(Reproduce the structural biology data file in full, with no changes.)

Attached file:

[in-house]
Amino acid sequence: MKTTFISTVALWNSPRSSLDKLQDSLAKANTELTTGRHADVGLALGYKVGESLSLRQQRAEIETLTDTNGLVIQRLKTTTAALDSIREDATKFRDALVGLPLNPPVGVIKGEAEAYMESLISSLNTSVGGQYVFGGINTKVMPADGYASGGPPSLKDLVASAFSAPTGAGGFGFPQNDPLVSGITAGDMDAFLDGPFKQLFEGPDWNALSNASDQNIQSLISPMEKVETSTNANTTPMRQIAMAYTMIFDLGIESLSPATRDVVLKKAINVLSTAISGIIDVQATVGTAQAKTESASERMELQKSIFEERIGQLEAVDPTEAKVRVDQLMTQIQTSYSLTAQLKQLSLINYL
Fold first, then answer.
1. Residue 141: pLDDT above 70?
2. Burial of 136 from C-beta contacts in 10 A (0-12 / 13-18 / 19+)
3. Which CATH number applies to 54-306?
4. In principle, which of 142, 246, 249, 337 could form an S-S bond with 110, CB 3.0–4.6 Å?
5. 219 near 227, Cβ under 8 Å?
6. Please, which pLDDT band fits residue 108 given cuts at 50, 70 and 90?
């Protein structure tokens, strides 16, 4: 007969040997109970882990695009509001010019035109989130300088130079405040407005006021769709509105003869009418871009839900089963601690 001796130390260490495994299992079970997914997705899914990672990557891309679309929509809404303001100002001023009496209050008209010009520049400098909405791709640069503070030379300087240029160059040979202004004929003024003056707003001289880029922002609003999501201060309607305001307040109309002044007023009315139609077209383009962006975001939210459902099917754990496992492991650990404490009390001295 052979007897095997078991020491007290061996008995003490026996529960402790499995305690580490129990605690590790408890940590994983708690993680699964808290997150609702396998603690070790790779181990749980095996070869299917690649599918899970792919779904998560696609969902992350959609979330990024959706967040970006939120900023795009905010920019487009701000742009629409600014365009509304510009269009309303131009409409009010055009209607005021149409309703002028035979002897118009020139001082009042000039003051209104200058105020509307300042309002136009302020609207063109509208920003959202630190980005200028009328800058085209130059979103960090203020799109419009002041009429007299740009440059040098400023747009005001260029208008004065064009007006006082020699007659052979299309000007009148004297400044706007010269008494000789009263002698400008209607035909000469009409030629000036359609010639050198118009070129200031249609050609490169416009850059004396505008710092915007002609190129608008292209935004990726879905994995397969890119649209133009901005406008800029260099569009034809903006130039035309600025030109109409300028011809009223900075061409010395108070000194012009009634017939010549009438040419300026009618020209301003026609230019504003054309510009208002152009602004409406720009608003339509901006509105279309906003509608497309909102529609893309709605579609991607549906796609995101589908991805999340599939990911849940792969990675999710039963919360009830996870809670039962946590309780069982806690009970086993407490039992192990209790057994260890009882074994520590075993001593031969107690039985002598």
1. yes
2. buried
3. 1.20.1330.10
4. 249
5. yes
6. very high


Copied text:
[in-house]
Amino acid sequence: MKTTFISTVALWNSPRSSLDKLQDSLAKANTELTTGRHADVGLALGYKVGESLSLRQQRAEIETLTDTNGLVIQRLKTTTAALDSIREDATKFRDALVGLPLNPPVGVIKGEAEAYMESLISSLNTSVGGQYVFGGINTKVMPADGYASGGPPSLKDLVASAFSAPTGAGGFGFPQNDPLVSGITAGDMDAFLDGPFKQLFEGPDWNALSNASDQNIQSLISPMEKVETSTNANTTPMRQIAMAYTMIFDLGIESLSPATRDVVLKKAINVLSTAISGIIDVQATVGTAQAKTESASERMELQKSIFEERIGQLEAVDPTEAKVRVDQLMTQIQTSYSLTAQLKQLSLINYL
Fold first, then answer.
1. Residue 141: pLDDT above 70?
2. Burial of 136 from C-beta contacts in 10 A (0-12 / 13-18 / 19+)
3. Which CATH number applies to 54-306?
4. In principle, which of 142, 246, 249, 337 could form an S-S bond with 110, CB 3.0–4.6 Å?
5. 219 near 227, Cβ under 8 Å?
6. Please, which pLDDT band fits residue 108 given cuts at 50, 70 and 90?
């Protein structure tokens, strides 16, 4: 007969040997109970882990695009509001010019035109989130300088130079405040407005006021769709509105003869009418871009839900089963601690 001796130390260490495994299992079970997914997705899914990672990557891309679309929509809404303001100002001023009496209050008209010009520049400098909405791709640069503070030379300087240029160059040979202004004929003024003056707003001289880029922002609003999501201060309607305001307040109309002044007023009315139609077209383009962006975001939210459902099917754990496992492991650990404490009390001295 052979007897095997078991020491007290061996008995003490026996529960402790499995305690580490129990605690590790408890940590994983708690993680699964808290997150609702396998603690070790790779181990749980095996070869299917690649599918899970792919779904998560696609969902992350959609979330990024959706967040970006939120900023795009905010920019487009701000742009629409600014365009509304510009269009309303131009409409009010055009209607005021149409309703002028035979002897118009020139001082009042000039003051209104200058105020509307300042309002136009302020609207063109509208920003959202630190980005200028009328800058085209130059979103960090203020799109419009002041009429007299740009440059040098400023747009005001260029208008004065064009007006006082020699007659052979299309000007009148004297400044706007010269008494000789009263002698400008209607035909000469009409030629000036359609010639050198118009070129200031249609050609490169416009850059004396505008710092915007002609190129608008292209935004990726879905994995397969890119649209133009901005406008800029260099569009034809903006130039035309600025030109109409300028011809009223900075061409010395108070000194012009009634017939010549009438040419300026009618020209301003026609230019504003054309510009208002152009602004409406720009608003339509901006509105279309906003509608497309909102529609893309709605579609991607549906796609995101589908991805999340599939990911849940792969990675999710039963919360009830996870809670039962946590309780069982806690009970086993407490039992192990209790057994260890009882074994520590075993001593031969107690039985002598």
1. yes
2. buried
3. 1.20.1330.10
4. 249
5. yes
6. very high